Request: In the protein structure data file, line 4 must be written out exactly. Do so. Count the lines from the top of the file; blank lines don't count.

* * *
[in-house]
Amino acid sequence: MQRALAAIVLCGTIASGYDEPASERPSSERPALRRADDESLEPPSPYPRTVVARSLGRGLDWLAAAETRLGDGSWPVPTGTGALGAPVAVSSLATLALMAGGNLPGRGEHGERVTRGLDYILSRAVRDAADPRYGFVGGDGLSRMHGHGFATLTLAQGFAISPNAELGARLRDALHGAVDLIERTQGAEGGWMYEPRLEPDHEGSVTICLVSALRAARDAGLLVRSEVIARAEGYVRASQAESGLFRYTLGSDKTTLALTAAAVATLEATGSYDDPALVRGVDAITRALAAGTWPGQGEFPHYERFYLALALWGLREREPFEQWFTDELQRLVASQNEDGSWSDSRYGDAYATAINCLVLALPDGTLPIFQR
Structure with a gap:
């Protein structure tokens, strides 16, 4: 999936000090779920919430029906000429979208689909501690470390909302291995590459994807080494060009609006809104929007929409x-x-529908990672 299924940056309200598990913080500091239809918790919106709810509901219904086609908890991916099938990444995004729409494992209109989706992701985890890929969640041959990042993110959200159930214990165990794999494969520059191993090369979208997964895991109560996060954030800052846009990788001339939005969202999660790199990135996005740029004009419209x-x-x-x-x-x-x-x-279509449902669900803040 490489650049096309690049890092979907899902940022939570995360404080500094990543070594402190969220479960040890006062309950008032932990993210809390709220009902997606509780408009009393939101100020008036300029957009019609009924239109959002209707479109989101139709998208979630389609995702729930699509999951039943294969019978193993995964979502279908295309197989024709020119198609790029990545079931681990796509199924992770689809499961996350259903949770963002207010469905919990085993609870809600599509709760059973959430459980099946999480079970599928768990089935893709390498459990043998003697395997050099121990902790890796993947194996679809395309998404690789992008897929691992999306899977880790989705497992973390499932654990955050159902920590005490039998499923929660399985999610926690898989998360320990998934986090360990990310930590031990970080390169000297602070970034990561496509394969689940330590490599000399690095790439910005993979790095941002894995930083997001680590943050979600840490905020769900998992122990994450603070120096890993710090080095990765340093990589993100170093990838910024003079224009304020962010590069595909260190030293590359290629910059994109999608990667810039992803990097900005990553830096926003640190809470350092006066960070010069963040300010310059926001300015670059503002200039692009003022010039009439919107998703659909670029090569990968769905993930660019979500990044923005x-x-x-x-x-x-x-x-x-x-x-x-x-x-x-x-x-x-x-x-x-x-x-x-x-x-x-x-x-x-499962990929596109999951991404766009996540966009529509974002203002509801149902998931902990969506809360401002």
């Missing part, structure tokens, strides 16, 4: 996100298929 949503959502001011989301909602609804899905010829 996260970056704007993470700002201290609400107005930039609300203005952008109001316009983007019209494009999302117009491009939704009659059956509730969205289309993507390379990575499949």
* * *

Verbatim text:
């Protein structure tokens, strides 16, 4: 999936000090779920919430029906000429979208689909501690470390909302291995590459994807080494060009609006809104929007929409x-x-529908990672 299924940056309200598990913080500091239809918790919106709810509901219904086609908890991916099938990444995004729409494992209109989706992701985890890929969640041959990042993110959200159930214990165990794999494969520059191993090369979208997964895991109560996060954030800052846009990788001339939005969202999660790199990135996005740029004009419209x-x-x-x-x-x-x-x-279509449902669900803040 490489650049096309690049890092979907899902940022939570995360404080500094990543070594402190969220479960040890006062309950008032932990993210809390709220009902997606509780408009009393939101100020008036300029957009019609009924239109959002209707479109989101139709998208979630389609995702729930699509999951039943294969019978193993995964979502279908295309197989024709020119198609790029990545079931681990796509199924992770689809499961996350259903949770963002207010469905919990085993609870809600599509709760059973959430459980099946999480079970599928768990089935893709390498459990043998003697395997050099121990902790890796993947194996679809395309998404690789992008897929691992999306899977880790989705497992973390499932654990955050159902920590005490039998499923929660399985999610926690898989998360320990998934986090360990990310930590031990970080390169000297602070970034990561496509394969689940330590490599000399690095790439910005993979790095941002894995930083997001680590943050979600840490905020769900998992122990994450603070120096890993710090080095990765340093990589993100170093990838910024003079224009304020962010590069595909260190030293590359290629910059994109999608990667810039992803990097900005990553830096926003640190809470350092006066960070010069963040300010310059926001300015670059503002200039692009003022010039009439919107998703659909670029090569990968769905993930660019979500990044923005x-x-x-x-x-x-x-x-x-x-x-x-x-x-x-x-x-x-x-x-x-x-x-x-x-x-x-x-x-x-499962990929596109999951991404766009996540966009529509974002203002509801149902998931902990969506809360401002």